Dramatic winter displays

There is a magic-lantern show happening in your outdoor space right now, because the sun is sinking a little bit lower day by day. It is slanting through the garden, picking up intricate detail and deepening colour as it goes. From Asian and Himalayan birches to dogwoods and winter grasses, Val Bourne suggests options for a dramatic winter display.

Many trees shine at this time of year, but Asian and Himalayan birches stand out above all the others. Their pale bark has a silky sheen in winter light, especially if the trunks have had an autumnal wash and brush-up with tepid water. There are bumps and lumps, officially known as lenticels and pores, and these dots and dashes come to the fore in winter as their bark peels at the edges. It’s a natural version of morse code on papyrus, and birch trunks feel warm to the touch – the garden equivalent of a hot-water bottle.

The birch, (genus Betula), genus of about 40 species of short-lived ornamental and timber trees and shrubs of the family Betulaceae, distributed throughout cool regions of the Northern Hemisphere.

Gray birch (Betula populifolia), paper birch (B. papyrifera), river birch (B. nigra), sweet birch (B. lenta), yellow birch (B. alleghaniensis), and various species of white birch (notably B. pendula and B. pubescens) are the best known. {Encyc. Br.}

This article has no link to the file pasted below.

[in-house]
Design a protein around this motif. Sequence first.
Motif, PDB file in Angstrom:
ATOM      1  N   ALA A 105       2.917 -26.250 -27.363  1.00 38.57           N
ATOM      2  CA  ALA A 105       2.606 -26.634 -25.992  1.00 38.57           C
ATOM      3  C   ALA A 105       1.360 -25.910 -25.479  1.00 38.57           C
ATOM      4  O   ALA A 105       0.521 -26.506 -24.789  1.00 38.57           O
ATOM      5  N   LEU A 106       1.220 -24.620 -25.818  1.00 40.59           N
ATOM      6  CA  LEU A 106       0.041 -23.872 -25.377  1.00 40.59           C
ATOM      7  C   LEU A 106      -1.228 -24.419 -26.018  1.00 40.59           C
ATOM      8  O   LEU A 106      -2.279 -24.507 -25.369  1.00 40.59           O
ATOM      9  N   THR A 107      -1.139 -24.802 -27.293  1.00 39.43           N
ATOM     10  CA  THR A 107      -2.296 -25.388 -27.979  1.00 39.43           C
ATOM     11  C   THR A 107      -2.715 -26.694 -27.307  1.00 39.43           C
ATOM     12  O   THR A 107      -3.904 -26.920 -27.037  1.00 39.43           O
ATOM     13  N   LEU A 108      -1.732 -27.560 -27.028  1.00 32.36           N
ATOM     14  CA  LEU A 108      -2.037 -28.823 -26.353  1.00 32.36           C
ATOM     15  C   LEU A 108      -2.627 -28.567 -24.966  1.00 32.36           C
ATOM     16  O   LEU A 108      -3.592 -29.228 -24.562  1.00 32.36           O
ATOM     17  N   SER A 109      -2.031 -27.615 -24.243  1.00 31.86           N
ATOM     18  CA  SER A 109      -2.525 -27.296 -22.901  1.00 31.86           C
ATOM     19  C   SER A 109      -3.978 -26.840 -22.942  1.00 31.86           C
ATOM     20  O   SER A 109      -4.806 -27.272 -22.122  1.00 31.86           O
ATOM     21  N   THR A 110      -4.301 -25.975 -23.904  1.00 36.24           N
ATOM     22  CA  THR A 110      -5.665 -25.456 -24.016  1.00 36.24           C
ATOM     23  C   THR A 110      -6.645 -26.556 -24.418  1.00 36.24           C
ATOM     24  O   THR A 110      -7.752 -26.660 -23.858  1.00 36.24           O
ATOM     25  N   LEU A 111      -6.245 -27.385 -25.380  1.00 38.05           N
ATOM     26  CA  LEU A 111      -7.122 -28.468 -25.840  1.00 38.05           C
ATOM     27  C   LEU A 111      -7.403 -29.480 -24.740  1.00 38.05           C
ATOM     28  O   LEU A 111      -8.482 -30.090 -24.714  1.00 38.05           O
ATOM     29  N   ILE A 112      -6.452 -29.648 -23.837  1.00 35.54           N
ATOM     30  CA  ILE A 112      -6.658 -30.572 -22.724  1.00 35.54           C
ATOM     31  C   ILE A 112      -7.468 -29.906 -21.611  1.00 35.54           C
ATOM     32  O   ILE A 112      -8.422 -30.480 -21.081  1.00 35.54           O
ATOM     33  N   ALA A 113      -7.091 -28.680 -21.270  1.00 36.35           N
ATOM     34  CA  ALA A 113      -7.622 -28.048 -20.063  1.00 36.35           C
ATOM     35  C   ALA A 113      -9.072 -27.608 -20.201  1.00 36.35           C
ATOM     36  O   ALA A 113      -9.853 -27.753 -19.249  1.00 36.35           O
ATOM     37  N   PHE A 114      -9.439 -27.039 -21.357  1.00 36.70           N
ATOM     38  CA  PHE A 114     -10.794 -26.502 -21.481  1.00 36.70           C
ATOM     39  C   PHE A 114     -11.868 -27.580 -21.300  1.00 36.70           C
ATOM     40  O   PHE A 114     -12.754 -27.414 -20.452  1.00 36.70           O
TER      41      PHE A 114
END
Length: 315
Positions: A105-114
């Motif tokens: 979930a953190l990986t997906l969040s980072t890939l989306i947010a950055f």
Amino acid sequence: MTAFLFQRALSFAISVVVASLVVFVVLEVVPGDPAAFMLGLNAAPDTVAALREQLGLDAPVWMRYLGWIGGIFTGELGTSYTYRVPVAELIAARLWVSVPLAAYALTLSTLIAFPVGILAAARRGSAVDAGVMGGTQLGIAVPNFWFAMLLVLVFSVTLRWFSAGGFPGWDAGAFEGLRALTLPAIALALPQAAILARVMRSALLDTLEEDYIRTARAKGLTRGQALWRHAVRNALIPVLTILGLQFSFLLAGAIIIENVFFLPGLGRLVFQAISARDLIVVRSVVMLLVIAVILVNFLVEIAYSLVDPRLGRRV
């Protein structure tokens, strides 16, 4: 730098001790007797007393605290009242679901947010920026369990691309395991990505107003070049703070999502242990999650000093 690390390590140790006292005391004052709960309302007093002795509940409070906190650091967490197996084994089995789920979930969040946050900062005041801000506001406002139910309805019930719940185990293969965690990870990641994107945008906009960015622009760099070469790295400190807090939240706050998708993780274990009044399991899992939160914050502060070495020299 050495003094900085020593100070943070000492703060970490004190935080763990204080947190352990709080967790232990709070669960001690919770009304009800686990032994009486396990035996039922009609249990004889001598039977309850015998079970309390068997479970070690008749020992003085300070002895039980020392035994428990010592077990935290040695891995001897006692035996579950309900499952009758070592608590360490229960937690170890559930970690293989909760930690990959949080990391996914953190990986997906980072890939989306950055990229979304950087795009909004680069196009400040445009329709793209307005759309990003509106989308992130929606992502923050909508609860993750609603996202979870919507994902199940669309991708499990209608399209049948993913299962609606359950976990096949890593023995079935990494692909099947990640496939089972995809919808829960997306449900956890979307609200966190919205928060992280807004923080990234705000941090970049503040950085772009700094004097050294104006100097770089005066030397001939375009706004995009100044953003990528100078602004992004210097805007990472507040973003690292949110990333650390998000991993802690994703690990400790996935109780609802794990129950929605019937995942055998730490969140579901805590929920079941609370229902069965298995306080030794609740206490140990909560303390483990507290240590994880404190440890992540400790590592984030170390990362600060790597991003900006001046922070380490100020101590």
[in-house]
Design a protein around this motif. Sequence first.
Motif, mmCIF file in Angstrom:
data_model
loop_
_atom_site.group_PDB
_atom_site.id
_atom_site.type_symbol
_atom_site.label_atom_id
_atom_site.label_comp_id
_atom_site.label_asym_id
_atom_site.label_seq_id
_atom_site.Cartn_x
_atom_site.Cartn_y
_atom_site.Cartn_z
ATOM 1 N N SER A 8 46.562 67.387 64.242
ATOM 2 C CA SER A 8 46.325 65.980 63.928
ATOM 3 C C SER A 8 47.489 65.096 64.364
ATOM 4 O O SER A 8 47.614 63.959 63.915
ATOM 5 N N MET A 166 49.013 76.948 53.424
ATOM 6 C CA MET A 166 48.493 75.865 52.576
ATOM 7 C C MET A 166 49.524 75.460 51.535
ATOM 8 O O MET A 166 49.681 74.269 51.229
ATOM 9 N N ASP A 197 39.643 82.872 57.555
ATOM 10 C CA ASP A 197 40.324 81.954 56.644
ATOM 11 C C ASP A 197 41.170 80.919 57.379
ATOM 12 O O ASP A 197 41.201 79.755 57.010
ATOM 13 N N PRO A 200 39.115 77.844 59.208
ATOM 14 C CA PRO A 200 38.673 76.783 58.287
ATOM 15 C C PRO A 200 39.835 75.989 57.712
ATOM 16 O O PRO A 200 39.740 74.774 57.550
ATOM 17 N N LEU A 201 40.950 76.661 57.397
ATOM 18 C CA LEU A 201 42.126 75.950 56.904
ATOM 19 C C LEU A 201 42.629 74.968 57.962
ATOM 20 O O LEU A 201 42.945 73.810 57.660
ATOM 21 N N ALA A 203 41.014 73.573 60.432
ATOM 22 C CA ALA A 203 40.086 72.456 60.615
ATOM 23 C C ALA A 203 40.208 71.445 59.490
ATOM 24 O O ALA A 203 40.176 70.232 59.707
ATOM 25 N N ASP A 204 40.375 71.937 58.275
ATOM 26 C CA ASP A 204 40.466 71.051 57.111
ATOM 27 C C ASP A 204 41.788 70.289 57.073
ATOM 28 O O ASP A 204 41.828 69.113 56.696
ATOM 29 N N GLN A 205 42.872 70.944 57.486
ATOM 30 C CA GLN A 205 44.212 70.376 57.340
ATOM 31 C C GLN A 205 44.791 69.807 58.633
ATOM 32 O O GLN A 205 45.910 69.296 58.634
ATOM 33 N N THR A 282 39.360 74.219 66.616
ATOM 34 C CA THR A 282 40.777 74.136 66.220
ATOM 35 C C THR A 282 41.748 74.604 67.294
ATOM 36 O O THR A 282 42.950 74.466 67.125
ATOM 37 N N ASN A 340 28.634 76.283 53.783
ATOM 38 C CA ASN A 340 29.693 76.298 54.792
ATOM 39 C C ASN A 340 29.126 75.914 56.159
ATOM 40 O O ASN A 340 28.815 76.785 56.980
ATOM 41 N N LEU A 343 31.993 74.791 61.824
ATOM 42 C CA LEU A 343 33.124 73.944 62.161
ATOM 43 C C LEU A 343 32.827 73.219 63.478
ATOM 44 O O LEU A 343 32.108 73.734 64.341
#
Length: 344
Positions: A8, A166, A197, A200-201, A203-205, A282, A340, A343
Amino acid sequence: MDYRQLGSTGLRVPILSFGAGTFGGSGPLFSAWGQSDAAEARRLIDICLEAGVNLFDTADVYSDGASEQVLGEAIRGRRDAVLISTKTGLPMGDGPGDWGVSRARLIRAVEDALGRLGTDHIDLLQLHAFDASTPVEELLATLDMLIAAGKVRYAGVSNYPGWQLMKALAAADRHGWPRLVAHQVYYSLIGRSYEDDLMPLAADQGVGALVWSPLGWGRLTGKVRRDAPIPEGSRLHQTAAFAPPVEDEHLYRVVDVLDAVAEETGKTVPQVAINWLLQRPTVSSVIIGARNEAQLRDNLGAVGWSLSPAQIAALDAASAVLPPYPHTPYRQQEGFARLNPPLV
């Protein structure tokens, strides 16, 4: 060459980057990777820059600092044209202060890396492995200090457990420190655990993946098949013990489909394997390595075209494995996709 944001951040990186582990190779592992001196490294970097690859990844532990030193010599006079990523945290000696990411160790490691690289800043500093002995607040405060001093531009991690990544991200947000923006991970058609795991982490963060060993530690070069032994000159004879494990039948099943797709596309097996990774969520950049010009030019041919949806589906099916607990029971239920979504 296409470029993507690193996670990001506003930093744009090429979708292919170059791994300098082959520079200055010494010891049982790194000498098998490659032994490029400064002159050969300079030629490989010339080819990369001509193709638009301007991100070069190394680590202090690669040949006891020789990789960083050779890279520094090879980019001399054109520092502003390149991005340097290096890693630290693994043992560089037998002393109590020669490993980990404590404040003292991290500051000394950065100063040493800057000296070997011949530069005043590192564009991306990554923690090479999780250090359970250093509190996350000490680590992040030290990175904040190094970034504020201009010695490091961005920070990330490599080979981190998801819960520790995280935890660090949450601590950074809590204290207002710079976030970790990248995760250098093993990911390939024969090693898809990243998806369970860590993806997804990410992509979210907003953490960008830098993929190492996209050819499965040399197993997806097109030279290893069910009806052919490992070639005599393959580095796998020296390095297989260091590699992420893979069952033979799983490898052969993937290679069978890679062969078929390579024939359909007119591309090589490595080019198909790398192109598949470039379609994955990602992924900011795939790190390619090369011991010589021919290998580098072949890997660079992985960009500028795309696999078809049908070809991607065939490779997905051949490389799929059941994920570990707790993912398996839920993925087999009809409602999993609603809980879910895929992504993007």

Birches are easily grown, although care must be taken to water these shallow-rooted trees in their first year or so. A can of water twice a week, during the growing season, is the way to go. They will also need staking when planted, until their roots get into the ground.

Read more: The best trees, shrubs and seedheads for a magical winter garden


Filed under Ecological affairs, Lifestyle, Nature

4 responses to “Dramatic winter displays

  1. The amount of variaties on birches is incredible.

    But I think they are all wonderful.

    Kind regards,

    Liked by 1 person

  2. Pingback: Antrodia mushrooms a well kept secret | From guestwriters

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